Packing An RV
(From the book "RVing Made Easy")
by Joe and Vicki Kieva

We all want to take as much stuff as possible when we go on the road. But an RV, no matter how big, has a limited amount of closets, cupboards and drawers. Even with creative packing, there's a limit to how much it can hold.

And ... there's a limit to how much weight, including passengers, you can add to the RV. That limit is called cargo capacity.

So, before you start packing, find out how much weight you can load into your rig. Refer to the chapter on Vehicle Weights and Ratings to determine your RV's cargo capacity. Once you know how much weight you can add to the RV, the fun part can begin.

One of the secrets of successful RV packing is minimizing the things you have to pack. Before you pack an item, ask yourself... is it absolutely necessary? Can I do without it? How often will I use it? Will some other item do the job? Will this item do double duty?

While you're packing, try to keep the RV's center of gravity low by storing heavy items at or below floor level.

The contents of an RV's cabinets and cupboards have a tendency to rearrange themselves as you drive down the road. Pack everything to minimize movement. Non-skid material placed on the cupboard shelves works well. It's available at RV accessory stores.

Partitions made of cardboard, masonite or wood will keep things stationary and increase storage space.

Pack things in containers -- boxes, bins or bags.

Transparent plastic storage boxes come in various sizes, are lightweight, durable and interchangeable.They can be packed in your house and carried to the RV for the trip. Kept in overhead cabinets, you can see what's inside and pull them out like a drawer. At the end of the trip, they can be carried into your house and unpacked.

Cardboard boxes are lightweight, inexpensive and can be cut to fit if necessary. Covering them with self-sticking vinyl shelf paper reinforces them and makes them more attractive.

Zippered plastic bags and small plastic food containers make efficient use of refrigerator and cupboard space. They also keep out critters and humidity.

Try to create additional space. Buy or build shelves. Plastic-coated wire shelves are available in many RV accessory stores.

You might be able to add shelves, drawers or cabinets to the bottom of the wardrobe closet if you don't need the full-length space.

Hooks for jackets and bathrobes can be placed in corners or out-of-the-way spots.

Pack things according to their priority. Pack the absolute necessities first. Then the things you think you need and so on.

Pack similar items in the same cupboards, drawers or sections of the RV.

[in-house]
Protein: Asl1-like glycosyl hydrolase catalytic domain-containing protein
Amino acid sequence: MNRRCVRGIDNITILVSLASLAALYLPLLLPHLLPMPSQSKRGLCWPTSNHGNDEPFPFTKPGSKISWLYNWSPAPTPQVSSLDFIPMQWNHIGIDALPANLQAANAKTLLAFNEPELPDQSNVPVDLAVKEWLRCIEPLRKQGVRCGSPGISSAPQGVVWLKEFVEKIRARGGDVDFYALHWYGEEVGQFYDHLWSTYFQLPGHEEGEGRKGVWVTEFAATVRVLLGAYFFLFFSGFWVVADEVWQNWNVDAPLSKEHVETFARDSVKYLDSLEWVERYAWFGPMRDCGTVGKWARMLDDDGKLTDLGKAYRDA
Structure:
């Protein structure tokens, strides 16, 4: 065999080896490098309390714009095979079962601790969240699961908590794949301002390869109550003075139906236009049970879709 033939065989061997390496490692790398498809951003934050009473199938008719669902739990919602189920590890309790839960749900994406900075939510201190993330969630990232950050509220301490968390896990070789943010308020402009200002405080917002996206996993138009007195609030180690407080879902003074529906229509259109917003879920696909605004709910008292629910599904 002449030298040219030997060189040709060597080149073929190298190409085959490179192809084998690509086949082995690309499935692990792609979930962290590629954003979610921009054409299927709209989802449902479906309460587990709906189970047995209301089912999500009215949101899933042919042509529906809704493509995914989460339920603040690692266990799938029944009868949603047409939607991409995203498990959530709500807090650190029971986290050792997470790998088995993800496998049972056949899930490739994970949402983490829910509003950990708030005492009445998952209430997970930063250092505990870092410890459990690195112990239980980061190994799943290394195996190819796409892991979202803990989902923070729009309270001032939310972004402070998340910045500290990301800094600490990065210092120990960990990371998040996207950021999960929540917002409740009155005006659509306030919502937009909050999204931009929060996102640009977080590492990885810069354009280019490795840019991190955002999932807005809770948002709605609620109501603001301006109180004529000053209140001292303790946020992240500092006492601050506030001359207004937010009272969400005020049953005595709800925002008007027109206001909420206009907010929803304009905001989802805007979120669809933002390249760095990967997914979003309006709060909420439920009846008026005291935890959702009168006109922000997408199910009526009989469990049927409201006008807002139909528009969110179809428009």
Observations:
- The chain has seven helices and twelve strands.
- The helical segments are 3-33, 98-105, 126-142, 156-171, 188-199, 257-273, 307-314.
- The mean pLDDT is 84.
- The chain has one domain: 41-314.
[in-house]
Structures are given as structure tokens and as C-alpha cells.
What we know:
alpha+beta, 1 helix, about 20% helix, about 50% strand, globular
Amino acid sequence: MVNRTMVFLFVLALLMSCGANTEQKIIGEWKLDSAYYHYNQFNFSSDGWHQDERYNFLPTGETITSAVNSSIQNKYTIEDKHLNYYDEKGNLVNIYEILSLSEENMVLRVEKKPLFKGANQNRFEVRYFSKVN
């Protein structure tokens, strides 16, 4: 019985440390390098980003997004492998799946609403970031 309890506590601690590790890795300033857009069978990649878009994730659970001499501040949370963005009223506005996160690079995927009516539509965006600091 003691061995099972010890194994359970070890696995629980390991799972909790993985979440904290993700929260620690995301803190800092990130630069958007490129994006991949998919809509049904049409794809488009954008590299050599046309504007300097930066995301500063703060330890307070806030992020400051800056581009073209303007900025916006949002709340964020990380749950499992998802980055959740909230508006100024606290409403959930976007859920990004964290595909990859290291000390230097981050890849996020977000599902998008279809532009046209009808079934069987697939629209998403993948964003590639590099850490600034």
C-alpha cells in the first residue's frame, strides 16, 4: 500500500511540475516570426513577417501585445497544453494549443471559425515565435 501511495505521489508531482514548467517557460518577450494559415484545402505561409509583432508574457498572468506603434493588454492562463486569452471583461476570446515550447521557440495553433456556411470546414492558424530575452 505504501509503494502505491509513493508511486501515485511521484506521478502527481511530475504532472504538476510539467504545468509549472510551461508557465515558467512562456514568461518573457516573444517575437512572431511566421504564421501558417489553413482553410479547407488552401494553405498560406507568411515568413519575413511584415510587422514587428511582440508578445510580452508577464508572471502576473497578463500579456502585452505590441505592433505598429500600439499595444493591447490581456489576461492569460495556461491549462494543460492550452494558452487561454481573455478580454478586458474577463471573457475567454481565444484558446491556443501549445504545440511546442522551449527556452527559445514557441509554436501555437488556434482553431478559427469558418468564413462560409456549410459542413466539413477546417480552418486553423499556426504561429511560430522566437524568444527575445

The busiest area of your RV will probably be the kitchen. Begin there. Put cooking and eating utensils where they make the most sense for convenient preparation and serving of meals. Next comes food items. Put them where they are readily accessible. Dishwashing and kitchen cleaning materials should also be easy to reach.

The bathroom is easy. You'll want everyday toiletries handy. If each person keeps their personal toiletries in a separate plastic box, it will make things that much easier. Daily medicines should be up front or at eye level. Seldom used medications can be relegated to the harder-to-reach locations.

Identify a shelf or cupboard to store extra towels and linens. You don't need to carry more than seven to ten days worth. You'll probably do laundry that often.

In the bedroom, you may be able to get by with no more than seven to ten days worth of clothing. Once again, plan on doing laundry.

Try to take only the clothes you'll need for that trip. Utilize mix-and-match outfits to minimize the number of clothes you need. You can save hanging-locker space by taking wrinkle-resistant, foldable clothes and putting them in cupboards or drawers.

Begin exterior packing at the utility-hookup cabinet. Leveling and hooking up the RV may take place daily. You'll want the hookup and leveling equipment to be as accessible and convenient as possible.

Leveling boards will get wet and dirty. Create a moisture-resistant container for their storage. Better yet, create an outside rack for them.

You'll find that large, plastic storage containers provide maximum effective use of the space in your exterior cabinets.

Patio furniture and outdoor cooking equipment will be readily available if stowed on the entry-door side of the RV.

Tools, kept in the trailer's tow vehicle or the motorhome's towee vehicle, will be available when you are driving the transportation vehicle without the RV.

If these vehicles are trucks, you have additional storage space in their beds, especially if they have camper shells.

Finally, when you're packed and ready to go, take your fully-loaded RV to the scales and weigh it again. Front axle, rear axle, side-to-side. Don't forget to weigh the trailer's fully-loaded tow vehicle or the motorhome's fully-loaded towee.

With any luck you'll be within your rig's gross vehicle weight rating.

You can minimize packing and unpacking between trips by permanently storing as much as possible in the RV. Many RVers equip and stock their rigs so they only have to add perishable foods and a few items of clothing before getting on the road.

We maintain a list of the things we routinely pack in our RV. Another list is created for those articles we want to take on that particular journey. When items are moved into the RV, they are checked off on the list.

So what do we do if we forget to pack something? Anything we forget, we buy along the way or we do without.

When it comes to packing an RV, you might not be able to take all the stuff you want. But, with a little bit of organization and creativity, you should be able to take all the stuff you need.

Enjoy The Journey!


Any Questions? E-mail us at joeandvicki@rvknowhow.com